A third transformation occurred in the postwar era, when discrete goods manufacturers began to introduce automation technologies (a term coined in 1945 to describe single-purpose machines designed to produce one specific part or conduct one specific process) as well as automated, continuous-flow systems. However, these systems were anything but flexible and, as they matured, the work could often be performed by lower-skilled labor, far from final consumer markets. At the same time, the emergence of science-based industries, including electronics and chemicals, meant that an increasing number of products became more sophisticated. It is important to note, however, that most commentators ignore this third transformation, lumping it together with the transformation at the end of the 1890s. As a result, many refer to today’s transformation as the “fourth industrial revolution” or “Industry 4.0.” (This report will refer to today’s transformation as the fifth wave.) [RD: There was also development of transducer technology that aided automation] 
The fourth transformation occurred in the 1980s and 1990s, when the first digital- electronic systems were developed, empowering ICT-enabled systems (e.g., computer-aided design and manufacturing, robotics, etc.) to further automate manufacturing, adding some flexibility but mostly enabling the better coordination of dispersed supply chains, thereby enabling the global distribution of many kinds of production.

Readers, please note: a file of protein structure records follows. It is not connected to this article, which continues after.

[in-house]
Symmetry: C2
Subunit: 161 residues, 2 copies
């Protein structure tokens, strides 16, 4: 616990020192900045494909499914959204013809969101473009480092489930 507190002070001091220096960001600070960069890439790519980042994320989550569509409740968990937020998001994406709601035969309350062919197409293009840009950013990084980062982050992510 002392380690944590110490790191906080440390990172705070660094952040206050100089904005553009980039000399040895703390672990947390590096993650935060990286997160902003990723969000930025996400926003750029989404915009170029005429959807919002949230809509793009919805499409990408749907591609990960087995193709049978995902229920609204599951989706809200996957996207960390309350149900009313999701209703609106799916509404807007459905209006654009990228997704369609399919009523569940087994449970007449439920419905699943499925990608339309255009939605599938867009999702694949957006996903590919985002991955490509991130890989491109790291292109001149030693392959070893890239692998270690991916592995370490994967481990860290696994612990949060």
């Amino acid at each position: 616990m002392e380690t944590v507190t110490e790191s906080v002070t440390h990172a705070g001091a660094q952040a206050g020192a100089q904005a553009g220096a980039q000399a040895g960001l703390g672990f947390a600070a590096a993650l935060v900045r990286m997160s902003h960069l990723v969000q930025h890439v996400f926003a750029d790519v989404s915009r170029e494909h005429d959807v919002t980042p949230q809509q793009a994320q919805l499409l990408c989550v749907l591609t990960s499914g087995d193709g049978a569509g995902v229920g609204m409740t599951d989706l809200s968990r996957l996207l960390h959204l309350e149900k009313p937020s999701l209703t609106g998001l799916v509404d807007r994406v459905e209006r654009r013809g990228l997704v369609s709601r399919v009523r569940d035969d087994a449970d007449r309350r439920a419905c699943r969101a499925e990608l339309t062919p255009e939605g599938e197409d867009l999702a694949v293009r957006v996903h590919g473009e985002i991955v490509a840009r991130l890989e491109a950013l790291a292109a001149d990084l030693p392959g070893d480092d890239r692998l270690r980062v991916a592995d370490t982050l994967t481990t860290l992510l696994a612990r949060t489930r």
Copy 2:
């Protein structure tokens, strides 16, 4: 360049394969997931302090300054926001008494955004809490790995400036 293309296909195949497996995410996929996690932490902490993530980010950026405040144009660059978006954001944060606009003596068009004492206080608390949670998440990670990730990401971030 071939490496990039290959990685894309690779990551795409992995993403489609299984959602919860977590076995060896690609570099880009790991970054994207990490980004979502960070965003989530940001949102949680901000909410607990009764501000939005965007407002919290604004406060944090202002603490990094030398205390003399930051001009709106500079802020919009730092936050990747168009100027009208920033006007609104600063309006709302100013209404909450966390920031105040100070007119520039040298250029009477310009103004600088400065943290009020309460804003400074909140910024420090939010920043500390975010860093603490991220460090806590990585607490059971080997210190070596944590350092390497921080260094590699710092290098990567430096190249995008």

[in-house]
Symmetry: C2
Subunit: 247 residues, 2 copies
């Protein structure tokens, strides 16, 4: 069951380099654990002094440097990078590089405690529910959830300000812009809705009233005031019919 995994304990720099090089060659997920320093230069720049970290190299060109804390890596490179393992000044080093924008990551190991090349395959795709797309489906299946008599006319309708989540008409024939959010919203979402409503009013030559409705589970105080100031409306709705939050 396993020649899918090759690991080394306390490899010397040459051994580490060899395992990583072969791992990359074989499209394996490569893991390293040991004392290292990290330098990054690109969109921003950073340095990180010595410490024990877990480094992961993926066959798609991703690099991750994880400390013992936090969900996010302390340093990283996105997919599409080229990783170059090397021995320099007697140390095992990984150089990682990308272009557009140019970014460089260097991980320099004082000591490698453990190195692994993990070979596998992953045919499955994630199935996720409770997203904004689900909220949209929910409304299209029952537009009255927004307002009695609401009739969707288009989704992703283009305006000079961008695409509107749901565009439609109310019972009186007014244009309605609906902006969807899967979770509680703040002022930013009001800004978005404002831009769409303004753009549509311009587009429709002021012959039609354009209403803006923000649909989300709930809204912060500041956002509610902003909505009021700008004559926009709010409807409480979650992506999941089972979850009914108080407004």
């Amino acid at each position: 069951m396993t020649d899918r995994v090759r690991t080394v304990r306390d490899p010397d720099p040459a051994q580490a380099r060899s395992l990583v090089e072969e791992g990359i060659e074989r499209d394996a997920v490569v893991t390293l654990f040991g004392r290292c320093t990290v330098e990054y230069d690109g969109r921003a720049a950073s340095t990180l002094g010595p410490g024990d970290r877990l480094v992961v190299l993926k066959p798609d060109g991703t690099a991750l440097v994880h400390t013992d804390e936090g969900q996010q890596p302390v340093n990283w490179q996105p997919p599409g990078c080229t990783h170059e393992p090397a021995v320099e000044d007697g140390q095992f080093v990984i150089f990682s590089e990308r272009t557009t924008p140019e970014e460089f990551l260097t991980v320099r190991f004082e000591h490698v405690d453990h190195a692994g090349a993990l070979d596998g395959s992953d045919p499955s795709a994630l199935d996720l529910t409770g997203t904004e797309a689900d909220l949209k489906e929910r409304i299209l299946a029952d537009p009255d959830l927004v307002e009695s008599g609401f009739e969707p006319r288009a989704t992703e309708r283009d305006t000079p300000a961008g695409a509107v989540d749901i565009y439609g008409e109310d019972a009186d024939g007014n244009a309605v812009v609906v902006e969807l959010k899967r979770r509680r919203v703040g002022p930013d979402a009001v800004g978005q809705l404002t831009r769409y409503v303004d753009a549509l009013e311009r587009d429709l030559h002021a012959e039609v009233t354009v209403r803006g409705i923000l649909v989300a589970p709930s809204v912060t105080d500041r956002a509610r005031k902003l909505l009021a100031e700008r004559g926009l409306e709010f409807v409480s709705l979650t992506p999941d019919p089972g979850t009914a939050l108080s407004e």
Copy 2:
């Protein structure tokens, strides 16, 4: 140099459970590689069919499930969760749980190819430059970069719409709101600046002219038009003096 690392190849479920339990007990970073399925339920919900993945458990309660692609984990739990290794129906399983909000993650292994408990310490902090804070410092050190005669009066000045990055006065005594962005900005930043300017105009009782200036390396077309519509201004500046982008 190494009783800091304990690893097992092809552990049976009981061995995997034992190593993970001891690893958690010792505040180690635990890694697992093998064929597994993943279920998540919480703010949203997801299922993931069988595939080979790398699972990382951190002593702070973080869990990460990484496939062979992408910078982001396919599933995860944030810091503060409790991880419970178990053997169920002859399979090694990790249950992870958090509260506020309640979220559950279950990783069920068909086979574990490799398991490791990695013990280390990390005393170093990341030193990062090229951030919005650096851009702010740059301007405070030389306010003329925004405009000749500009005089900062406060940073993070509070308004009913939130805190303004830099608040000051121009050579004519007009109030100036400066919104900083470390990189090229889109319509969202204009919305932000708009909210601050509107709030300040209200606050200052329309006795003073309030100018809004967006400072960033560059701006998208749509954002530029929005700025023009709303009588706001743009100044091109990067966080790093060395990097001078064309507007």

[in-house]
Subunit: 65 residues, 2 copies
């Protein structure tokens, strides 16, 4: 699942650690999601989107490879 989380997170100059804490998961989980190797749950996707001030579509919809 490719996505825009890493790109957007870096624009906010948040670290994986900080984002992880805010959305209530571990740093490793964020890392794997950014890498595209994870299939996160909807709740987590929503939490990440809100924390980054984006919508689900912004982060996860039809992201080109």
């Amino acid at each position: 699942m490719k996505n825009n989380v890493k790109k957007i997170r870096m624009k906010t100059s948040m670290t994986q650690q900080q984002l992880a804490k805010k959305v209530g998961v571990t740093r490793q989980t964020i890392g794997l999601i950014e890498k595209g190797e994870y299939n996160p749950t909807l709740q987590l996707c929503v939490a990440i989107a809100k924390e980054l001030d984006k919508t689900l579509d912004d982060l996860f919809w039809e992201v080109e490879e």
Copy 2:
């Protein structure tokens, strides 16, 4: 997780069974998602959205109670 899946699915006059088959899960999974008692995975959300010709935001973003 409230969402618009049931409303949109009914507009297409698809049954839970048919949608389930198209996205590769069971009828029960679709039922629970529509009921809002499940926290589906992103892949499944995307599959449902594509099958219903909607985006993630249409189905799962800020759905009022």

Emerging today is a fifth wave—an era of “smart manufacturing” that integrates advanced- digital technologies more completely into production systems. These technologies include wireless communication technologies, the Internet of Things, cloud computing, easily (re)programmable robots, machine intelligence, and other next-generation digital technologies to create a direct, real-time interface between the virtual and physical world. 
Here are the sources for the above from the references cited in above article:
  • Rebecca Taylor, “Do It in Digital: Virtualization and Tomorrow’s Manufacturing” (presentation, The National Center for Manufacturing Sciences, Ann Arbor, MI, July 2015).